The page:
How Long is Too Long – Government Extensions of Federal Contracts
by Barbara Kinosky, Managing Partner
Your team is waiting for the recompete to come out for a contract you have been tracking for years. However, the solicitation is still not out, and the incumbent’s current contract keeps getting extended beyond the four option years in the contract. You call me and ask how this could possibly happen.
Well… the Federal Acquisition Regulation (FAR) sets five-year limits on government contracts, but those limits are not absolute limits on the duration of contract performance.
The FAR contains three exceptions to these time limits:
- FAR 17.204(e) allows for longer contracts, if approved in accordance with agency procedures;
- FAR 17.204(e) also exempts information technology (IT) contracts from these limits; and
- FAR 17.208(f) allows for the use of a clause (52.217-9) which gives the Government the option of extending services up to six months
The clause at FAR 52.217-9 allows the government to extent a contract for six months at the current rates provided that the government gives the contractor notice (usually 60 days) of its intent to extend the contract. As a side note, the government’s exercise of an option must be done exactly within the terms of that option. Any attempt by the government to alter terms or conditions of the option can render the option exercise invalid.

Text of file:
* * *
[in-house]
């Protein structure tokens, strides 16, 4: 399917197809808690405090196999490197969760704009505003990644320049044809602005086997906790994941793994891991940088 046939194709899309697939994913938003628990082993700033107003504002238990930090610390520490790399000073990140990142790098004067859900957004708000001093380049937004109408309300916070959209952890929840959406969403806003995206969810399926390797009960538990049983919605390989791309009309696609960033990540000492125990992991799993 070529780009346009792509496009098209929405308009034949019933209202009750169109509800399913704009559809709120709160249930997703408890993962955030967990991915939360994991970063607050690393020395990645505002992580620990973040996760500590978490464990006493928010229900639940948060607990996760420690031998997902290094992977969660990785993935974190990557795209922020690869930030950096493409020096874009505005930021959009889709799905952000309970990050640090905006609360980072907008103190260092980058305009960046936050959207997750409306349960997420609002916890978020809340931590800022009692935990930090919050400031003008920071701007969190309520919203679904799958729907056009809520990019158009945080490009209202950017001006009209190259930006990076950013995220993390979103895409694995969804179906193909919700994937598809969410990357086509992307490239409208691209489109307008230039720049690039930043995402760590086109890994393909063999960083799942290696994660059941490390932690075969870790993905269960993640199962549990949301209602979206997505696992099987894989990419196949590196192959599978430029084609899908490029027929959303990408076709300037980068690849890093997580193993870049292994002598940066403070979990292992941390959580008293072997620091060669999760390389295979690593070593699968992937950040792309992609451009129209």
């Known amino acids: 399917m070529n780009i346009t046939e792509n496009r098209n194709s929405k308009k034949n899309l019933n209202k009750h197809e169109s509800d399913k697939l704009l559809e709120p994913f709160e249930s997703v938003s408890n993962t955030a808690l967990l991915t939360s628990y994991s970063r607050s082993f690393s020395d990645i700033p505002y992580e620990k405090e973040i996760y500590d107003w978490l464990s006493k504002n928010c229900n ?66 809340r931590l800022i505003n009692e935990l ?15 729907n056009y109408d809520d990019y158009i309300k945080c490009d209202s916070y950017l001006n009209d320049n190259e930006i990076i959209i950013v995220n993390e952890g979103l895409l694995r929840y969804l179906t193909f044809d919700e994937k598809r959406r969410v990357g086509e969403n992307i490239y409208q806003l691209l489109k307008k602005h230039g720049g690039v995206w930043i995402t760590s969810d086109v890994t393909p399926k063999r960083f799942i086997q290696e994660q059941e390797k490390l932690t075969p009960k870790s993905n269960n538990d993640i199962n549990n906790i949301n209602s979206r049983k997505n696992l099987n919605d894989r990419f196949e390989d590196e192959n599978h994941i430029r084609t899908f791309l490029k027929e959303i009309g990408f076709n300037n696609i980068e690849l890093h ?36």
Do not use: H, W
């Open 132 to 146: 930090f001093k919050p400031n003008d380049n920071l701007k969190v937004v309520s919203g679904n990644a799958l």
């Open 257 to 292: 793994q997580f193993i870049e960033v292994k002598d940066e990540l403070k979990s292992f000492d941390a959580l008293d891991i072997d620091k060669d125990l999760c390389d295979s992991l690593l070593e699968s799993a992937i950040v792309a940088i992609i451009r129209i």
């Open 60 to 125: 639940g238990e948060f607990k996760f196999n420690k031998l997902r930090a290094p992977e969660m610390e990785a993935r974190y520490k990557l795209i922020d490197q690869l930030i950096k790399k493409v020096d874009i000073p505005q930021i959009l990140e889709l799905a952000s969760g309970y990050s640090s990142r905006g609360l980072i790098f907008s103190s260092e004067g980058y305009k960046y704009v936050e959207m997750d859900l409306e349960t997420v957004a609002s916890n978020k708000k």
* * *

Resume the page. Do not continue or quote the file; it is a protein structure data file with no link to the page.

Now let’s pivot to bridge contracts. Once the contracting officer has exercised all options and extensions to the contract then if the solicitation is still not out, the contracting officer can award a bridge contract to the incumbent. The FAR at 16. 191 states that contracting officers shall only use a bridge contract when it is not possible to award the planned follow-on contract in sufficient time to meet the Government’s requirements. The contracting officer must do a formal justification and approval. We see bridge contracts done all the time. What is the longest length of time you have seen a bridge contract awarded along with extensions to the bridge contract?